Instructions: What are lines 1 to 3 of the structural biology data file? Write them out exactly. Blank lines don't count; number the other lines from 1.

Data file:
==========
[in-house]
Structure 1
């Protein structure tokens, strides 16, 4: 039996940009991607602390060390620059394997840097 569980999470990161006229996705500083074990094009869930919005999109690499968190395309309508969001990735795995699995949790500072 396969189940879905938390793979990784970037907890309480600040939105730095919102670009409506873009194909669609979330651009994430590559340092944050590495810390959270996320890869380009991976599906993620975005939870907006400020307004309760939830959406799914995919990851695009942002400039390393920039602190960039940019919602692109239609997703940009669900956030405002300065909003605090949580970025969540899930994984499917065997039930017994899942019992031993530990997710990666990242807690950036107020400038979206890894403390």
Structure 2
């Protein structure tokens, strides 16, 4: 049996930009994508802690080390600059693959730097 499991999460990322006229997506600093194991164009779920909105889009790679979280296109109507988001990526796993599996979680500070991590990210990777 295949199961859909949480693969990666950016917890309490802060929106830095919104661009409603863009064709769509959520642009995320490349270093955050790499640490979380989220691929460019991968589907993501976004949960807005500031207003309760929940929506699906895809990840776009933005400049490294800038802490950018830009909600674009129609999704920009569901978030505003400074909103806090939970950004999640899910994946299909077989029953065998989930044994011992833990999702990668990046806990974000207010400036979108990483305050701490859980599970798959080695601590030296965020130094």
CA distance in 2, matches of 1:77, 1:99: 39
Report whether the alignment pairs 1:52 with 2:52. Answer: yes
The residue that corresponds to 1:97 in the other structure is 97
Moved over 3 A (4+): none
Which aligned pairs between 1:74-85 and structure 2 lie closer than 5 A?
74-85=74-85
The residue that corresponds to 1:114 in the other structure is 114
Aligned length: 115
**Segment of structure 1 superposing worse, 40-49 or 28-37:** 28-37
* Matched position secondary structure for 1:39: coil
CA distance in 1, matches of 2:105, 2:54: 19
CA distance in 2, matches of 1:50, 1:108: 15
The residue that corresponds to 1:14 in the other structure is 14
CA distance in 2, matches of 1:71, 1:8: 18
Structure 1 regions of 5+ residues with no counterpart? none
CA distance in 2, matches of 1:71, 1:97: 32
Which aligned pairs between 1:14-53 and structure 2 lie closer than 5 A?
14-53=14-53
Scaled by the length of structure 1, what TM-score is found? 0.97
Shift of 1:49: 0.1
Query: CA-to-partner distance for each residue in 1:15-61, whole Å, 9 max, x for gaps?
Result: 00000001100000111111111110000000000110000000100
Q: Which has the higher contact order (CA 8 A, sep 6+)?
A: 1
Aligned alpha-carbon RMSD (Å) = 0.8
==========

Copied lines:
[in-house]
Structure 1
């Protein structure tokens, strides 16, 4: 039996940009991607602390060390620059394997840097 569980999470990161006229996705500083074990094009869930919005999109690499968190395309309508969001990735795995699995949790500072 396969189940879905938390793979990784970037907890309480600040939105730095919102670009409506873009194909669609979330651009994430590559340092944050590495810390959270996320890869380009991976599906993620975005939870907006400020307004309760939830959406799914995919990851695009942002400039390393920039602190960039940019919602692109239609997703940009669900956030405002300065909003605090949580970025969540899930994984499917065997039930017994899942019992031993530990997710990666990242807690950036107020400038979206890894403390």